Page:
As I type this, I've done really well pumping in the last few days/week. I haven't had to thaw breast milk at all this week and no bottles since Tuesday needed topped off with formula. It's Sunday afternoon, the sun is streaming in, my four-month old daughter is napping on me, and there is enough breast milk in the fridge for tomorrow when I go to work. It's an ideal situation and yet I still have tears in my eyes thinking about it all.

Some days everything my daughter has was made by me without a problem, some days I'm pulling from the from the freezer to make that true. (I'm trying to be better about pulling from the freezer. That's what a stash is for and I need to stop thinking about it as a do-not-touch-emergency-fund.)  Some days she gets bottles that are partially or all formula.

So far the most she has had of formula in a single day is 1.5 bottles out of the four that she drinks when I'm at work. I refuse to set a minimum level of breast milk that I want her to have in those four bottles because it would be an arbitrary number and I would live and die by it. It's my type-A mentality. In fact it's a struggle to not make a line like that, even in my head.  But someday if I couldn't make that, it would be another way I failed. Another time I broke down in tears at my desk or at night while pumping milk.

I'm done with tears over milk, spilled or otherwise. I'm giving my family everything I can. Her current mix of mostly breast milk, occasional formula is fine. If in the future I can't pump at all at work to produce milk and she has formula during the day and nurses at night, that will also be fine. If my milk dries up entirely, plenty of babies (including myself and my siblings) were formula fed, it will be fine. It will be more than fine because we love her and will always give all we can to make sure she has what she needs to grow and thrive.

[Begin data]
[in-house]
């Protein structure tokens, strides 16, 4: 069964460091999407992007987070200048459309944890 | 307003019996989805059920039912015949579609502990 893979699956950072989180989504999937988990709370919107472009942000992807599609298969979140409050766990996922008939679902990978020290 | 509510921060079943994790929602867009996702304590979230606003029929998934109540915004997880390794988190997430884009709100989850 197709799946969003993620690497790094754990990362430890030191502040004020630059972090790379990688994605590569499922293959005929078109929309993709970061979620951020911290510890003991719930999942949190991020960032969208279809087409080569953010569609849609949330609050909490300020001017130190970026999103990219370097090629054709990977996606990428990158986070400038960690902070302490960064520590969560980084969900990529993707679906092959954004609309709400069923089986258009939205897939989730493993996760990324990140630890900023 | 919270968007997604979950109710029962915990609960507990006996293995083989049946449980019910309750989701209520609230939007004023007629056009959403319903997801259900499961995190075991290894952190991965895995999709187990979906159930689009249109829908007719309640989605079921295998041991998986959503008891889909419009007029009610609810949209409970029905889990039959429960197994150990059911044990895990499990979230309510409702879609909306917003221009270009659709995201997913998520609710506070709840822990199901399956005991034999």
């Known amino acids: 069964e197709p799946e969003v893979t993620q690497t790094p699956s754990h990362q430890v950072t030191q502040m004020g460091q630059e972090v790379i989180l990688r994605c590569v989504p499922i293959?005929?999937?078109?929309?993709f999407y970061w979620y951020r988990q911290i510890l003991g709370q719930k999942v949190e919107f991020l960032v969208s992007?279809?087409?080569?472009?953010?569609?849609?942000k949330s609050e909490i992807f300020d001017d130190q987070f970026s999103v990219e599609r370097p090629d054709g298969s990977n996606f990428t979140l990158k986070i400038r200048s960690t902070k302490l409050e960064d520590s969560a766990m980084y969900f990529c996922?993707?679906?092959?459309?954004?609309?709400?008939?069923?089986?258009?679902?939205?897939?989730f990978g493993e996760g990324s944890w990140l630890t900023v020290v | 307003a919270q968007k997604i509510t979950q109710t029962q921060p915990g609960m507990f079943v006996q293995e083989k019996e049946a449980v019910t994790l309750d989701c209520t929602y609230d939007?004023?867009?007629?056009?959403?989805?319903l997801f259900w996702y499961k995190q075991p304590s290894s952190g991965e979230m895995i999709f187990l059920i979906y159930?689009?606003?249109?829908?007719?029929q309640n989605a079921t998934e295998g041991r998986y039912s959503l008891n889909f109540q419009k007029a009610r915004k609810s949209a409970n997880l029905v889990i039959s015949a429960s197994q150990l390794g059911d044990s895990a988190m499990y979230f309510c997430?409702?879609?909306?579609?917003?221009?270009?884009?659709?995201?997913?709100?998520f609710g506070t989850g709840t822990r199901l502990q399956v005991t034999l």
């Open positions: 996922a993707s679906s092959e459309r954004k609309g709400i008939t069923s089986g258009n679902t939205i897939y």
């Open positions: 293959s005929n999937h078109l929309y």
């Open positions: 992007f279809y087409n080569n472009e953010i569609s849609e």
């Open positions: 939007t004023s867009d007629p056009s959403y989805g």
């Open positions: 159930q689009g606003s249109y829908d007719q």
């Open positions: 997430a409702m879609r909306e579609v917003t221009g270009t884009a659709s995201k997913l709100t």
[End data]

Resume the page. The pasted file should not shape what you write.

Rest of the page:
Mommy I have a secret to tell you: you're doing okay.

Mommy I have a secret to tell you: you're doing okay.

Midsummer Garden (Day 16)

It's been crazy busy around here and so I'm behind on my 100 happy days. I've been taking pictures, just not posting. I'd love to tell you about my garden because it makes me so happy. Day 16, Friday July 18th I love gardening, I'm not particularly talented at it, but I love it. At the end of last summer, David built me raised bedded gardens. This year he added in moose protection, rather a cage of chicken wire. Each side comes off easily for garden access.
My gardens now with moose protection.

My gardens now with moose protection.

I got plants into the ground before baby came, before memorial day actually. A few were starts I grew from seeds, others from purchased starts from local nurseries.
Turning this piece of wood at the top of each framed in chicken wire side releases it so I can get to the plants. Very clever of my husband!

Turning this piece of wood at the top of each framed in chicken wire side releases it so I can get to the plants. Very clever of my husband!

Not all my starts worked out which is why I had to buy some. We transplanted raspberry bushes from David's aunt's house as well as some rhubarb plants. My strawberry bush survived the winter as did my chives. The rest are new plants. Mostly I'm a food gardener, if I'm going to do this much work, I want to eat my reward. However I planted some flowers this year because they were given to me. I do like their color.
Rhubarb (transplanted) and mint (purchased starter) plants growing at the side of the back porch.

Rhubarb (transplanted) and mint (purchased starter) plants growing at the side of the back porch.

I will spare you too many of the many photos I have. Here's my plant list and status instead: Mint (from a purchased start): growing like the weed it is Rhubarb (transferred from Dave's aunt): two are doing really great, one got attacked by an overzealous landscaper and is slowly recovering Various flowers (from plants given as gifts): blooming and lovely Basil (from seeds, started indoors): Not doing so well. I don't see much pesto for us this summer. Cilantro/coriander and Parsley (purchased starts): going gang busters, I've had to trim them a bunch